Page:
At last year’s Fringe, The Wee Review were relieved to become properly certified in the safe use of cutlery, thanks to expert health and safety adviser Ian Crawford. We were even more reassured to see him bringing his Accident Avoidance Training for Cutlery Users back to Edinburgh this year. After all, in the “anything goes” atmosphere of the Fringe, people can get lax with domestic chores. You never know when a stray spoon may result in an unscheduled hospital trip and you could easily have someone’s eye out with a casually-discarded fork. So, ever concerned about our readers’ wellbeing, we asked Mr Crawford to talk us through the basics of good cutlery use, as a taster for his full workshop. There was one all-important question to start with… 

What’s so dangerous about cutlery?

Cutlery is all around us and often taken for granted by young and old alike. From fork prongs in the nose to teaspoons in the eyes and ears, and butter knives where I’d rather not mention. Despite my best efforts, cutlery-related accidents and fatalities are on the increase. Cutlery is dangerous, take my word for it, but if you don’t believe me just take a look at the statistics and the average queue at your local A&E.

What kind of safety techniques will attendees of your workshop learn?

Spoon Sense and Forkfulness (™) aren’t just popular mantras, they are very much a way of being. I hope everyone who attends my training session will leave feeling they have become a more cautious, yet more confident, cutlery user.

Is any sort of preparation advised before attending? Pre-course exercises, that sort of thing? Or is it accessible to the cutlery novice?

I will say the same to you as I say to everyone else, for goodness sake, wash your cutlery, dry your cutlery and tidy away your cutlery before leaving the house. This is especially important before attending my workshop. I always think a tidy cutlery drawer is the best preparation for any important occasion.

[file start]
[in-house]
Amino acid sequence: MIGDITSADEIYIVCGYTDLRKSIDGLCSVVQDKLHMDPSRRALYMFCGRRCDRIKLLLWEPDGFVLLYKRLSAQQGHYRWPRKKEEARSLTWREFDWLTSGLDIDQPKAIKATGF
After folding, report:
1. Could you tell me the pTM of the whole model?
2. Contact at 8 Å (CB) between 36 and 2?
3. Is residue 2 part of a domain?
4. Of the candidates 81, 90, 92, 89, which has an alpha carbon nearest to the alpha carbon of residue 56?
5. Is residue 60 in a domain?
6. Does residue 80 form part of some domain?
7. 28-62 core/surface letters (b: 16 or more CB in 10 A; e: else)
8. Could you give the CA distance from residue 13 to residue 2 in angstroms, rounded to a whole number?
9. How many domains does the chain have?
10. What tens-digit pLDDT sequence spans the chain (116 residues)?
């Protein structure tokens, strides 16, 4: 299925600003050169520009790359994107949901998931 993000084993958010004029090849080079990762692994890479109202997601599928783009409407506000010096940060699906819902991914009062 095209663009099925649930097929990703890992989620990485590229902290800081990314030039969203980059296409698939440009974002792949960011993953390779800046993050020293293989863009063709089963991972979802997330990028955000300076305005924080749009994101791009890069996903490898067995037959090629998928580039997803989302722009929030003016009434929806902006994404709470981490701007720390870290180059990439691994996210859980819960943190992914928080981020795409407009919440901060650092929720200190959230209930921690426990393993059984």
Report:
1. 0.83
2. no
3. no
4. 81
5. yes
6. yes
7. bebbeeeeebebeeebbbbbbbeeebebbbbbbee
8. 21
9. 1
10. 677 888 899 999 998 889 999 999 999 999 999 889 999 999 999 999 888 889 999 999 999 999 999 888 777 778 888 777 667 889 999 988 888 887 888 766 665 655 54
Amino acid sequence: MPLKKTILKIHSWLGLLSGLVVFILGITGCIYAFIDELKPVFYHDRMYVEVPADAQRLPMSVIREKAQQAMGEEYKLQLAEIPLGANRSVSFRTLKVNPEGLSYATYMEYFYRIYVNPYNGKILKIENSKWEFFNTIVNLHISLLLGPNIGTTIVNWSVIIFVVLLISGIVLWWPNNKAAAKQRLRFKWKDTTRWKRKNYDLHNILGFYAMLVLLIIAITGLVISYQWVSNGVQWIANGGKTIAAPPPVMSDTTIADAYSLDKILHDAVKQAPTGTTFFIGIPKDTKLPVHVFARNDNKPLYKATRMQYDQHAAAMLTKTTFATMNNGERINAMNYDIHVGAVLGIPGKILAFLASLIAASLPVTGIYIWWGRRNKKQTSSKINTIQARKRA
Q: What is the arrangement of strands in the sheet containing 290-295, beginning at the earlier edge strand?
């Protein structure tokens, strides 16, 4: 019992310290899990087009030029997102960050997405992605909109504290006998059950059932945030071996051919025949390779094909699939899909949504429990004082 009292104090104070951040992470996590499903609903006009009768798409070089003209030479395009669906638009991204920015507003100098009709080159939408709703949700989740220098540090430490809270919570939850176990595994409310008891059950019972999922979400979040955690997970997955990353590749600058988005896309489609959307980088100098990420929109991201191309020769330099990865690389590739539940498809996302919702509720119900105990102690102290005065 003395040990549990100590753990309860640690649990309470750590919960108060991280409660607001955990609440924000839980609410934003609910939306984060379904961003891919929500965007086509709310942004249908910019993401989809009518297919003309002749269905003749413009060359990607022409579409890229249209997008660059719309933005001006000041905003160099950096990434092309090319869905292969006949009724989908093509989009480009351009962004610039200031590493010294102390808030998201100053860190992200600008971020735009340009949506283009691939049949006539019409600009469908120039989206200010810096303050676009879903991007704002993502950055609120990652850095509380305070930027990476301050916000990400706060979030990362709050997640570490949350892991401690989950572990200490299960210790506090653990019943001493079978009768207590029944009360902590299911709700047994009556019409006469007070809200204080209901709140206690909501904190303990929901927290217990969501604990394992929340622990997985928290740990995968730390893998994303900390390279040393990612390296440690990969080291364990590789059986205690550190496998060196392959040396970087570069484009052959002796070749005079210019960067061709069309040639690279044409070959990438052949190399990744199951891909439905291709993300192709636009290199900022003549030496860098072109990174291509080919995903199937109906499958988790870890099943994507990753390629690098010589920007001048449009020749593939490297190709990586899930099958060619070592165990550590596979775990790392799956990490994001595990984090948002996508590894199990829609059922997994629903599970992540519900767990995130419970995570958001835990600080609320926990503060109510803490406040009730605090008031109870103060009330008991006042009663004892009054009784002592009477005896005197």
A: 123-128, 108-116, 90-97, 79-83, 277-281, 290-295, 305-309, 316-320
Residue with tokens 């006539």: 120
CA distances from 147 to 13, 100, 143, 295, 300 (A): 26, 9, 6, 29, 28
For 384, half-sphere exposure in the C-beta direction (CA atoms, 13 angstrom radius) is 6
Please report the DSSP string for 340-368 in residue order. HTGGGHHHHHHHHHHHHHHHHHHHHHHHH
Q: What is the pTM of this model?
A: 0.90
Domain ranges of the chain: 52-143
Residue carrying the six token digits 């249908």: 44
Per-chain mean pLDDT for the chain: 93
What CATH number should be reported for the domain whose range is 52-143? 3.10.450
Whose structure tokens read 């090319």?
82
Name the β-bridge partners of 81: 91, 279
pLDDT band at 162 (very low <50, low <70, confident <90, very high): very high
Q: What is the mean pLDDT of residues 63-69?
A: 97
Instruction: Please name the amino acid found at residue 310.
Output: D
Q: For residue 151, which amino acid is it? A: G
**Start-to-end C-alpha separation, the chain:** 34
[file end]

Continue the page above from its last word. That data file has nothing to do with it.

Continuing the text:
I presume you must have seen some horrendous cutlery injuries in your time. Are there any that stick in the mind? Things that with a little #spoonsense could easily have been avoided?

I’ve seen plenty of forks sticking in other people’s minds. Surprisingly, the teaspoon is the hidden danger lurking in the kitchen. Size to injury-wise the teaspoon is more deadly than you might think. Some of the injuries those little beauties can cause are literally a sight for sore eyes.

How did you get into the cutlery safety game?

Something life-changing and horrific happened to me in the 80s involving a teaspoon and a cousin (RIP Francis Marie Turner). I don’t like to talk about it too much, although I do sometimes mention it in my deadly serious cutlery safety training workshop sessions.

What do you see for the future of cutlery? A lot of people these days don’t know their fish knife from their butter knife…

It is very sad to see the young folk of today having such a dismissive and sometimes ignorant attitude to cutlery. I suppose the modern education system and an ecstasy-fuelled 90s parenting style, Simon Cowell and iPads are very much to blame. Despite this, I am still optimistic about the future of cutlery. I see a move away from plastic towards good, honest reusable solar-powered metal cutlery. Remember “plastic is drastic, keep it real with steel”.

And what about more esoteric utensils – kebab skewers, crab crackers, and so on? Are you certified for them?

Sadly the answer is no. My public liability only covers me for the top 73 most popular and commonly used cutlery items. This means I am only certified to go as far as the water-cress knife and the avocado spoon.

Can we tempt you to “reveal” yourself, tell us a bit about the man behind the character?

My name is Ian Crawford, so I’m not sure what you mean about “reveal yourself”? If you are referring to the incident on the Sheffield tram last year, I can only say I have made a public apology and have replaced that pair of trousers. Thankfully it was a cold morning, the CCTV was low resolution and the case was essentially unproven.

And finally, what’s the greatest item of cutlery in your expert opinion?

My top three cutlery related items have to be the butter knife used by Damocles, Occam’s teaspoon and a fork I bought on eBay that was once used by Shakin’ Stevens.

Accident Avoidance Training for Cutlery Users with Ian Crawford is @ Quaker Meeting House, from Mon 19 – Sat 24 Aug @ 12.45pm